Follow talkclouds on Twitter

Bad Words?

If you're new here, you may want to subscribe to my RSS feed. Thanks for visiting!

$#!%

If you’re teaching ESL to adults, can discussion of language get you fired?

Maybe.

According to this article, a Northern California ESL teacher was fired because he explained some common swear words to his adult students, including contexts in which you shouldn’t use them, and why it’s important to carefully pronounce the vowel sounds in words like “sheet.”

He was teaching an adult school class, which in this area is part of the K-12 (public school) system, which may have something to do with it. And it’s possible that we haven’t heard the whole story, or what he’s saying happened isn’t accurate.

It certainly sounds like it was badly handled, at best. Any trained ESL teacher is an applied linguist of sorts. Linguists are supposed to be able to talk about language. There is a significant and (usually) clear difference between talking about taboo language and using taboo language, as occasionally pointed out at Language Log. If the instructor’s story is accurate, it should have been clear to the administration that he was talking about taboo language, not using it. (And either way, the students in question are all adults!)

This is not something that most instructors want to build into their curricula, but I think it’s the kind of thing we have an obligation to address, if possible, when students have questions. I think it’s crippling to send language learners out into the world with no understanding of any topic that makes language instructors uncomfortable. Sometimes I have to keep talking even though my face is turning red, but it’s better than causing my students humiliation later!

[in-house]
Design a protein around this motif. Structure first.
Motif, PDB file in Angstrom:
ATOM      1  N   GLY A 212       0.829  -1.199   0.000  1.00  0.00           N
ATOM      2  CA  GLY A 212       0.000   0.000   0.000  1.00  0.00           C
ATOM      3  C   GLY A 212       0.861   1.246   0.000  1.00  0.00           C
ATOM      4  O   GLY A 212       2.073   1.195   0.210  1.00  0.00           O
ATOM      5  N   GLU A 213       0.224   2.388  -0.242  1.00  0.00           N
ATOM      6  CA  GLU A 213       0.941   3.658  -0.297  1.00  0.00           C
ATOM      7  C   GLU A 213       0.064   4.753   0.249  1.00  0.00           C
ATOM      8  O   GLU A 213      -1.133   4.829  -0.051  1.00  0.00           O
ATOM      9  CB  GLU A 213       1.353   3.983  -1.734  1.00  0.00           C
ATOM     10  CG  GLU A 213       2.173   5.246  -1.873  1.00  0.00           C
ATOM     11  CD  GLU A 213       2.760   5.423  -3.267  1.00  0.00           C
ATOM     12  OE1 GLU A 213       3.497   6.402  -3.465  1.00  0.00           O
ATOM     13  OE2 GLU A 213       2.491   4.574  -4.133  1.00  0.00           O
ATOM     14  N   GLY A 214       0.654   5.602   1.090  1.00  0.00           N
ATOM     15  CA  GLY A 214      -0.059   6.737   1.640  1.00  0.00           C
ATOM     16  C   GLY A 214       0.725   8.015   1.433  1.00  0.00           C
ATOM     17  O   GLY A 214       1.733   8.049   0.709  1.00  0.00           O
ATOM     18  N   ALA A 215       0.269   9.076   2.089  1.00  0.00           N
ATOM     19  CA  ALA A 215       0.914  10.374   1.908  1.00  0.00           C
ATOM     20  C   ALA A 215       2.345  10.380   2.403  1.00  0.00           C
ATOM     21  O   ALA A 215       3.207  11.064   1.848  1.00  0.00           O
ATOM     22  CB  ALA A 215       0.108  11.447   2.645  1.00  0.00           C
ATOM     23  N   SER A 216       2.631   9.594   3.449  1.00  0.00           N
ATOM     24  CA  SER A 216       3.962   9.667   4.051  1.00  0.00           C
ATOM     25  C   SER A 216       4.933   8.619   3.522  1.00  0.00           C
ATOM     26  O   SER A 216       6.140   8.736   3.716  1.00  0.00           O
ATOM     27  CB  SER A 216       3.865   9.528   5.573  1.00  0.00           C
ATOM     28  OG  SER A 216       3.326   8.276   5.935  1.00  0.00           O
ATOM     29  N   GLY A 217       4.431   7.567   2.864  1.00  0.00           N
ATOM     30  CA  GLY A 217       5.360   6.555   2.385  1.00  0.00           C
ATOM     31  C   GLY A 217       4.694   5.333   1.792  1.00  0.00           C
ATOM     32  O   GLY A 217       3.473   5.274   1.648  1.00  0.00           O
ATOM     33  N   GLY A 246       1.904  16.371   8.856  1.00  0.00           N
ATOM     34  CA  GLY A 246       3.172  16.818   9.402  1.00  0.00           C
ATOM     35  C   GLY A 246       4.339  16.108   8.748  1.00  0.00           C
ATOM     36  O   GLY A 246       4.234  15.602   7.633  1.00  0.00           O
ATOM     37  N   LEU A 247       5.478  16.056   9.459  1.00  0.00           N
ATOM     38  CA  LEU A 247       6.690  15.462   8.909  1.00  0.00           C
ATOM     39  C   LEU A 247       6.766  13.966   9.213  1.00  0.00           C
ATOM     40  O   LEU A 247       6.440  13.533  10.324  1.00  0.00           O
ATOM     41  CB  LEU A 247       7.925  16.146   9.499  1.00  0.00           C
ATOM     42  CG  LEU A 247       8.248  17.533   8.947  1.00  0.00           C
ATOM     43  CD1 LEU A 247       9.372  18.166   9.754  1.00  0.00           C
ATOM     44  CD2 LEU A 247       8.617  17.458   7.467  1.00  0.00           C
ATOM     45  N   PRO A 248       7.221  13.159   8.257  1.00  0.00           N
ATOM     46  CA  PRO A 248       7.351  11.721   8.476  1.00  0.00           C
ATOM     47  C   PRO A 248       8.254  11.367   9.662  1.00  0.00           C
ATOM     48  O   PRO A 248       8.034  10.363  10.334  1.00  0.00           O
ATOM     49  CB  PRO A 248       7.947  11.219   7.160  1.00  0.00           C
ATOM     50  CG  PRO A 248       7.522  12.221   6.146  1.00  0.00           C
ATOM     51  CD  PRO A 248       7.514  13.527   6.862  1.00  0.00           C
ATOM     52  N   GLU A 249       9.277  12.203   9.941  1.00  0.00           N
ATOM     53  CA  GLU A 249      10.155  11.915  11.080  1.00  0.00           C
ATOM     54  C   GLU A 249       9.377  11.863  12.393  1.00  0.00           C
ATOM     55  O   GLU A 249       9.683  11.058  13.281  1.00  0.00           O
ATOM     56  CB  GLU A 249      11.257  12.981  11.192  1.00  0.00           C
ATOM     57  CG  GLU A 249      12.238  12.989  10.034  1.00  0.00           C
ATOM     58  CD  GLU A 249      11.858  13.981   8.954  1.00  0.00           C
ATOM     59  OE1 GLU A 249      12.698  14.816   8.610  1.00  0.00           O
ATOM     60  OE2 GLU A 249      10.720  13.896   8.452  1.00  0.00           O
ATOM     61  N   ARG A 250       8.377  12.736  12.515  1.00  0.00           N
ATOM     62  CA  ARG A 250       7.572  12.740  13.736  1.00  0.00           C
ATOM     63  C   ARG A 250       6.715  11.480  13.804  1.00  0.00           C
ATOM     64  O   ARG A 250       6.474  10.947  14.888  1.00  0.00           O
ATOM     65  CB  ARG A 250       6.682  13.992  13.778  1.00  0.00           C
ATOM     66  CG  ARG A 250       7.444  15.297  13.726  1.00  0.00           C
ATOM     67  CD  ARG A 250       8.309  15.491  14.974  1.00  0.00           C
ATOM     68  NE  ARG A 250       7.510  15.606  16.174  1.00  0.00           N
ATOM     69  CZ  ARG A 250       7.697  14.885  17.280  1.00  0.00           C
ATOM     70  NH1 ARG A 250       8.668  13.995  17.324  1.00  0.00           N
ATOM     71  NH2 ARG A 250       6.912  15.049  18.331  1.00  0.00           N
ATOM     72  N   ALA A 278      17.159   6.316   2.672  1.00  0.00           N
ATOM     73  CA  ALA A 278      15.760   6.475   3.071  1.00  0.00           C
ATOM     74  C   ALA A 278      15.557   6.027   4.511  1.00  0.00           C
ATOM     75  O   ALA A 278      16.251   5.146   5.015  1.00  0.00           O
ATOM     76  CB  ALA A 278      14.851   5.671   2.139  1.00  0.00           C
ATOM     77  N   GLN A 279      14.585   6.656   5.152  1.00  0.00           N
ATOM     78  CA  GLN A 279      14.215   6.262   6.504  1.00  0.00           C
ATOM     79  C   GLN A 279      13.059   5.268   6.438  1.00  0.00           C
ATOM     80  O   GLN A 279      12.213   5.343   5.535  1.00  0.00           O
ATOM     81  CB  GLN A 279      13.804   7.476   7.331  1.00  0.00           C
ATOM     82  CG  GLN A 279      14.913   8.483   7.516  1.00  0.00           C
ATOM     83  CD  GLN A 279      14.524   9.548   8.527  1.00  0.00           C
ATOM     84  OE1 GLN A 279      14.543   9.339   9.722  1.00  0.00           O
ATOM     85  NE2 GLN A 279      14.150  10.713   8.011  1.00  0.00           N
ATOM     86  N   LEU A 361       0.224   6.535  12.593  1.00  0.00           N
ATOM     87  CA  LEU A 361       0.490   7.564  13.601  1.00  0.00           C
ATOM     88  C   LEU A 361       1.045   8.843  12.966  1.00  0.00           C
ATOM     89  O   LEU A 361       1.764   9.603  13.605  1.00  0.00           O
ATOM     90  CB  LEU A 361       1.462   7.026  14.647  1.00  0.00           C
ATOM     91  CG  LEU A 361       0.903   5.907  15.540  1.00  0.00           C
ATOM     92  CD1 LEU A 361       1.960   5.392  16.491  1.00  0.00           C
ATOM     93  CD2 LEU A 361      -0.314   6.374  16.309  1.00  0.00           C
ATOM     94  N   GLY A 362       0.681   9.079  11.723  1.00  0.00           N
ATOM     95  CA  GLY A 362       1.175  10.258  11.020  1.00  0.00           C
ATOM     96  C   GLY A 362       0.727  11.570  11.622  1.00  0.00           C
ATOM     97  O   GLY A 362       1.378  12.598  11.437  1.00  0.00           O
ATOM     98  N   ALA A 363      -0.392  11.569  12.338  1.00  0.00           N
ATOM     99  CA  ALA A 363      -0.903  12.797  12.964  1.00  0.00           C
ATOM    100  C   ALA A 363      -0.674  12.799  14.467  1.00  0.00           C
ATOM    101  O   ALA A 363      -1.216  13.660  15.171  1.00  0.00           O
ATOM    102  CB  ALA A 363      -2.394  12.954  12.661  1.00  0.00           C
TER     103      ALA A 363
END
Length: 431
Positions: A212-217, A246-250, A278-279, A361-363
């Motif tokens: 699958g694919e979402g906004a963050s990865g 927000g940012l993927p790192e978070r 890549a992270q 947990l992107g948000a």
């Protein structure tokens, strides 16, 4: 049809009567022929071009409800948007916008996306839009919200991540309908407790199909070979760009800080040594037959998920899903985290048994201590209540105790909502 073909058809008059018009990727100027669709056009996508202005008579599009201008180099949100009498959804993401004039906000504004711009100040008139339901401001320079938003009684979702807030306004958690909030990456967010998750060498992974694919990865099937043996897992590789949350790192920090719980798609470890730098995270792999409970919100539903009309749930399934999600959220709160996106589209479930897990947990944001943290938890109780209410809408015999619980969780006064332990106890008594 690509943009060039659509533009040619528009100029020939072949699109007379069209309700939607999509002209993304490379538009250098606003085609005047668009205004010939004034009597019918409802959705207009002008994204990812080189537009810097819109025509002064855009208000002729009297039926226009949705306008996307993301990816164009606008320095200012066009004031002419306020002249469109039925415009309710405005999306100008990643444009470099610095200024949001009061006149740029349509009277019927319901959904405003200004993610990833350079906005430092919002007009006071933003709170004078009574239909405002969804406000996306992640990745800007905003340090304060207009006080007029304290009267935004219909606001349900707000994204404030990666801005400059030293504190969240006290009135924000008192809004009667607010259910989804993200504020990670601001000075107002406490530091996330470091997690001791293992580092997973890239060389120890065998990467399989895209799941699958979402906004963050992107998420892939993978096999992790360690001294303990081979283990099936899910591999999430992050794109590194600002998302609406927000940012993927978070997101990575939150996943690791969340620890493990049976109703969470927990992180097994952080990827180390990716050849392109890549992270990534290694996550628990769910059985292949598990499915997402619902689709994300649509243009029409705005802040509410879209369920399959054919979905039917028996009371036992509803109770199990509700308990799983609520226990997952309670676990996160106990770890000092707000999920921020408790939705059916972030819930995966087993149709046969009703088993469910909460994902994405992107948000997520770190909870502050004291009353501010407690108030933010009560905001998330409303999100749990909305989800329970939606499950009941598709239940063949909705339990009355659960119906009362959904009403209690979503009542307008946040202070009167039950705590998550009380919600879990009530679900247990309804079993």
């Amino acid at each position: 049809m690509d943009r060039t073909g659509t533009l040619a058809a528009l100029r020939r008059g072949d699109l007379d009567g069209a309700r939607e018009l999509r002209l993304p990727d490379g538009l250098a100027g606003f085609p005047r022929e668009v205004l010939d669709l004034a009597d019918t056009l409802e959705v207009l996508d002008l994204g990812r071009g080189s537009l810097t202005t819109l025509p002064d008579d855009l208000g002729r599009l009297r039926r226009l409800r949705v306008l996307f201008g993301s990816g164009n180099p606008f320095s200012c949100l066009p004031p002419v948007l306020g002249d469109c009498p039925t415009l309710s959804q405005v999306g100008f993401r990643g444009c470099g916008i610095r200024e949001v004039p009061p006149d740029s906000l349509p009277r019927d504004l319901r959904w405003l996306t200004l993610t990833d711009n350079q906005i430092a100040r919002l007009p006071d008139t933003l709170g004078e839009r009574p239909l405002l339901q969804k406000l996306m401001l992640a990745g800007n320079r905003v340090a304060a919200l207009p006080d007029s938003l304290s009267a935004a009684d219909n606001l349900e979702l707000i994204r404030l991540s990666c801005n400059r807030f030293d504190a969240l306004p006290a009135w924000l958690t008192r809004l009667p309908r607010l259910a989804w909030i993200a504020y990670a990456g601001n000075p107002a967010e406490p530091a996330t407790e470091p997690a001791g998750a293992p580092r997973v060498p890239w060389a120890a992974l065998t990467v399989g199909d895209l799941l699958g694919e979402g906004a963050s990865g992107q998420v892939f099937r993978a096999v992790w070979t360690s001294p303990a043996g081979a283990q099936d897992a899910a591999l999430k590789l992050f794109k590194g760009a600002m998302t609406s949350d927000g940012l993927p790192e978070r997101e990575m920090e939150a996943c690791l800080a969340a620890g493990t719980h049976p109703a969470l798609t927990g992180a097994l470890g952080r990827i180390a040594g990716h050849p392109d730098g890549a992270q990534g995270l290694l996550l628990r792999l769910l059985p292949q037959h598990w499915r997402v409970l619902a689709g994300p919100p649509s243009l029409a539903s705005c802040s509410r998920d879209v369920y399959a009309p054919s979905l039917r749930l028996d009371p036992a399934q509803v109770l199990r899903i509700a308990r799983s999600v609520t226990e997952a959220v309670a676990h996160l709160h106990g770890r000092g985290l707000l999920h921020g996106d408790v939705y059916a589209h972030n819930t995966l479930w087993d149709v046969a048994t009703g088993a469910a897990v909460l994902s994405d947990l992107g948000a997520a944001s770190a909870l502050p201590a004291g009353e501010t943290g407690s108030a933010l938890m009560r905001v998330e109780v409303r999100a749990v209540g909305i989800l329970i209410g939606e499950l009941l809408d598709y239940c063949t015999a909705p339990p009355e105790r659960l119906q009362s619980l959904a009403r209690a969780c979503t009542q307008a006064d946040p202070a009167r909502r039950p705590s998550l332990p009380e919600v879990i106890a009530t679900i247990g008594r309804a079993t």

Simpsons Linguistics

Sometimes a single-link post is worth it: Over at HeiDeas, “Beyond beyond beyond beyond ‘Beyond embiggens and cromulent’” is Heidi Harley’s fifth annual collection of linguistics jokes culled from The Simpsons, TV’s richest trove of wordplay and jokes about language! (well, other than QI, I suppose, and more prolific anyway.) The best part of these posts is that she identifies the linguistic topic with which the writers are playing, whether it’s “semantic bleaching” or “locative denominal verbs with telic particles” (errrr…). Yes, in googling what’s going on here, you’re probably going to increase your linguistic chops as well. I know I have some reading to do. Conveniently, the post contains links to the four previous editions.